6) I don’t even know where to begin. It’s all just too overwhelming. This one was the hardest one for me. Being in recovery still from my type A personality, it was hard to see a way out. We perfectionists have a problem with long range projects like this because sometimes decluttering can be a downer if you look at the piles instead of keeping yourself focused on the end state. Pulling things out, trying to decide what to keep, throw away or donate means that initially all it looks like for a while is chaos. Our family has moved often, so having all those piles reminds me of the disarray my house gets in during a move. I will share with you later the baby steps I am taking in this journey, but for now, the best advice I can give you is just start somewhere, even if it’s one junk drawer. Starting is the beginning of your success toward minimalism. So even though the piles may seem insurmountable – don’t tackle them all at once. Wars are won one battle at a time. Pick a small battle. Find one area that bothers you the most and begin there. Remember baby steps are better than no steps. Minimalism begins by getting rid of that first item. And you may just be surprised how exhilarating it is.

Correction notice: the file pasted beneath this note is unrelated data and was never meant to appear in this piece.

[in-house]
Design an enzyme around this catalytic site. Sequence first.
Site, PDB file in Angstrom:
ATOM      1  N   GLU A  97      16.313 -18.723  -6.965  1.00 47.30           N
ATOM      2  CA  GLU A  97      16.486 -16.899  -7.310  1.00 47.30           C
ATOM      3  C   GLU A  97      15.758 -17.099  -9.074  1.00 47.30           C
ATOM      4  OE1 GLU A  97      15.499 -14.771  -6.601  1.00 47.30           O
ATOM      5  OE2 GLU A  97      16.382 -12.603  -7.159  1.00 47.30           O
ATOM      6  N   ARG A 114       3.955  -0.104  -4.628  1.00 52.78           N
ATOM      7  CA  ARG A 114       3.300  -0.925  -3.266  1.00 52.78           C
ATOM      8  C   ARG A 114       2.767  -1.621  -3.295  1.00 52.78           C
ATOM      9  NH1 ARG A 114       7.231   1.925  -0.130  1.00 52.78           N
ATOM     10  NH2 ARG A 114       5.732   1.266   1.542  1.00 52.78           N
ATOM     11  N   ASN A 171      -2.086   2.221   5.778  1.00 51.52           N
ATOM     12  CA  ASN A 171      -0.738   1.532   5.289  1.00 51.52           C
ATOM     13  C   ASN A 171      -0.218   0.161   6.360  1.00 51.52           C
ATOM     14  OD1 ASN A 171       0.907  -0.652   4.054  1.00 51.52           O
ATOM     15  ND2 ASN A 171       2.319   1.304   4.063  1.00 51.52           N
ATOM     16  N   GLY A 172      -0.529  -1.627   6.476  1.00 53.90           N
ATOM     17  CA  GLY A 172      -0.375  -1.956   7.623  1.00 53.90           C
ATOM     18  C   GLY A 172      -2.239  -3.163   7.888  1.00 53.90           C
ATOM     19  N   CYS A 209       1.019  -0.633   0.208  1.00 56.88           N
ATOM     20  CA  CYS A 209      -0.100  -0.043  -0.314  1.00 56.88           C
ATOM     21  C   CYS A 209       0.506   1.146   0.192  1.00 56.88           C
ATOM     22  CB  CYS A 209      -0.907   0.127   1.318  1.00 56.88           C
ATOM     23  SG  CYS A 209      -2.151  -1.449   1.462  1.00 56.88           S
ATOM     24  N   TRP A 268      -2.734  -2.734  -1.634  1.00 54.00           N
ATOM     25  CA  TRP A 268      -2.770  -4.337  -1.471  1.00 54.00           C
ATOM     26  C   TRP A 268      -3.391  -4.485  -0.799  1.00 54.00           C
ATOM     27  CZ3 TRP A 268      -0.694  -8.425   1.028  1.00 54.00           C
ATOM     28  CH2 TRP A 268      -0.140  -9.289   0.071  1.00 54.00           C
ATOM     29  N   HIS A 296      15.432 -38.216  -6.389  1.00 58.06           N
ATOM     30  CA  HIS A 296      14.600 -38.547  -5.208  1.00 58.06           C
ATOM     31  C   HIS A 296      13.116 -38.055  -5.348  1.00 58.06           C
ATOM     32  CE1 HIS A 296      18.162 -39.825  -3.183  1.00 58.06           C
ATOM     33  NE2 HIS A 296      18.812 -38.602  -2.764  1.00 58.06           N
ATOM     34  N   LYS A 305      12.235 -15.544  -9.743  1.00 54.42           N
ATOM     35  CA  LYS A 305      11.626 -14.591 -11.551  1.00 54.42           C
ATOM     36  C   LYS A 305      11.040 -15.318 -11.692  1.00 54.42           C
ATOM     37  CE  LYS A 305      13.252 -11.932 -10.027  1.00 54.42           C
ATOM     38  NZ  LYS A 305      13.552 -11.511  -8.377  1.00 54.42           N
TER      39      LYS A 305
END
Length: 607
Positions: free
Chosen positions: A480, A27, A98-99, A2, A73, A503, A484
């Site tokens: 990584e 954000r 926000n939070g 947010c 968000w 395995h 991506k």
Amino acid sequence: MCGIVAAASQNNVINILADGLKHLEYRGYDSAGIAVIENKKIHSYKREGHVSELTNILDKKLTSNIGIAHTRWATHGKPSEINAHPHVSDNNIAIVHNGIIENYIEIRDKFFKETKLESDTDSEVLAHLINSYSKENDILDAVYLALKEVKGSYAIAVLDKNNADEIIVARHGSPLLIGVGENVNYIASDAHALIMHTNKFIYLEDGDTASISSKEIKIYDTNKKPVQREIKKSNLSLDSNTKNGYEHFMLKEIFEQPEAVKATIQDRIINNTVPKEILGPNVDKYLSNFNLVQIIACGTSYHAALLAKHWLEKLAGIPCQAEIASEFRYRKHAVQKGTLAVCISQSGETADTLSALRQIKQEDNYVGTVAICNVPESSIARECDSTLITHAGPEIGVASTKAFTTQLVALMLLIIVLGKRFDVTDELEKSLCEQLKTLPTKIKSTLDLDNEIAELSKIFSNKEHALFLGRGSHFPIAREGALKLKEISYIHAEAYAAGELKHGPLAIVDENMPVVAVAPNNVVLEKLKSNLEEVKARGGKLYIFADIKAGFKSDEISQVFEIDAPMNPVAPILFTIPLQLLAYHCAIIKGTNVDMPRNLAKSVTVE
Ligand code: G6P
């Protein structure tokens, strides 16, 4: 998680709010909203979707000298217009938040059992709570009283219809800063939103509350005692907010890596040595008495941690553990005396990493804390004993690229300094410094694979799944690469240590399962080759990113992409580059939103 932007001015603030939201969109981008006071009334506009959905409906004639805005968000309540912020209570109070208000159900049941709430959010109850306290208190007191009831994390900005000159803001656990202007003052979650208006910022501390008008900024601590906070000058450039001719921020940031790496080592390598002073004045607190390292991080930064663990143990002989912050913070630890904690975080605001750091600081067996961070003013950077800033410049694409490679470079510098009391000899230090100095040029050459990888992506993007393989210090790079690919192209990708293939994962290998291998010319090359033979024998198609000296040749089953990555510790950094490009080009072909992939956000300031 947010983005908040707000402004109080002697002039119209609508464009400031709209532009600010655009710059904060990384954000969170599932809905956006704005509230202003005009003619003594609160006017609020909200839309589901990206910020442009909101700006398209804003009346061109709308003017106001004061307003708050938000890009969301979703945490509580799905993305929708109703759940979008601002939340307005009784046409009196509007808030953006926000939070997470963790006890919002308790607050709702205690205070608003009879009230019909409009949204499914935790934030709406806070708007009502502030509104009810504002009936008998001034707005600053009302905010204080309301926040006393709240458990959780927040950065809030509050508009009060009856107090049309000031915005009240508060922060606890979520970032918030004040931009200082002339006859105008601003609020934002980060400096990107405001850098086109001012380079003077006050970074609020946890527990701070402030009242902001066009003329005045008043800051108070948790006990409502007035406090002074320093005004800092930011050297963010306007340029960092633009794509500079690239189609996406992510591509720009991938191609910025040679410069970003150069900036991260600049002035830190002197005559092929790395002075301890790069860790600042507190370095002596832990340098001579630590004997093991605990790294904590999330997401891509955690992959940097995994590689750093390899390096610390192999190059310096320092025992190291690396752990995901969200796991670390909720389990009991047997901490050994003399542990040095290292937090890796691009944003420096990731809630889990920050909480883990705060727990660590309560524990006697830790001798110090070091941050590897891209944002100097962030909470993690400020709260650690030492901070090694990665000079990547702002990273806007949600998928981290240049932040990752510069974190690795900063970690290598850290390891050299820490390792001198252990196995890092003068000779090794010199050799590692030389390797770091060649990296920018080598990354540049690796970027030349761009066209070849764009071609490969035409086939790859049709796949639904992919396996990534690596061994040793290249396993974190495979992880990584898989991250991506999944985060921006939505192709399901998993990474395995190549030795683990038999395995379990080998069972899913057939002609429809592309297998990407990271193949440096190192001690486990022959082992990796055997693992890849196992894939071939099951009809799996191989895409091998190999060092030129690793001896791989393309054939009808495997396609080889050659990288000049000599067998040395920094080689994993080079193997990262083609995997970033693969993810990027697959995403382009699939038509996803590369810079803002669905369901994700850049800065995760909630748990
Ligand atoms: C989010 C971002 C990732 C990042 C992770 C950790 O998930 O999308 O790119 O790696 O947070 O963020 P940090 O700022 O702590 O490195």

Answering the Objections to Minimalism ~ Part 1

Flowers in the field behind our home
Flowers in the field behind our home

Labeling myself a minimalist means I have decided to go against the tide of the current culture. Rarely do I find minimalism promoted, and those that do are by far a small minority. There are as many reasons people turn to minimalism as there are personalities. So to say that my objections to minimialism are comprehensive would be presumptuous on my part. But I do feel there are common objections that many of us face when we decide to shed our excess stuff. Here are a few that I had to overcome.

1. I may need or want these things later. Whether it be the clothes I hope to fit back into or the kitchen gadgets I’m keeping to try out that lovely new recipe, the fear of missing or needing something I once had was a real hurdle to decluttering. The truth is, that even though I am at the front end of my minimalist journey, I have not needed nor have I wanted anything that has exited my home. I may remember an item fondly, but rarely does that happen. The truth is that excess stuff is just that – excess. It isn’t something that adds any value to my everyday life. On the contrary, my life has been immensely blessed by shedding those things I don’t need.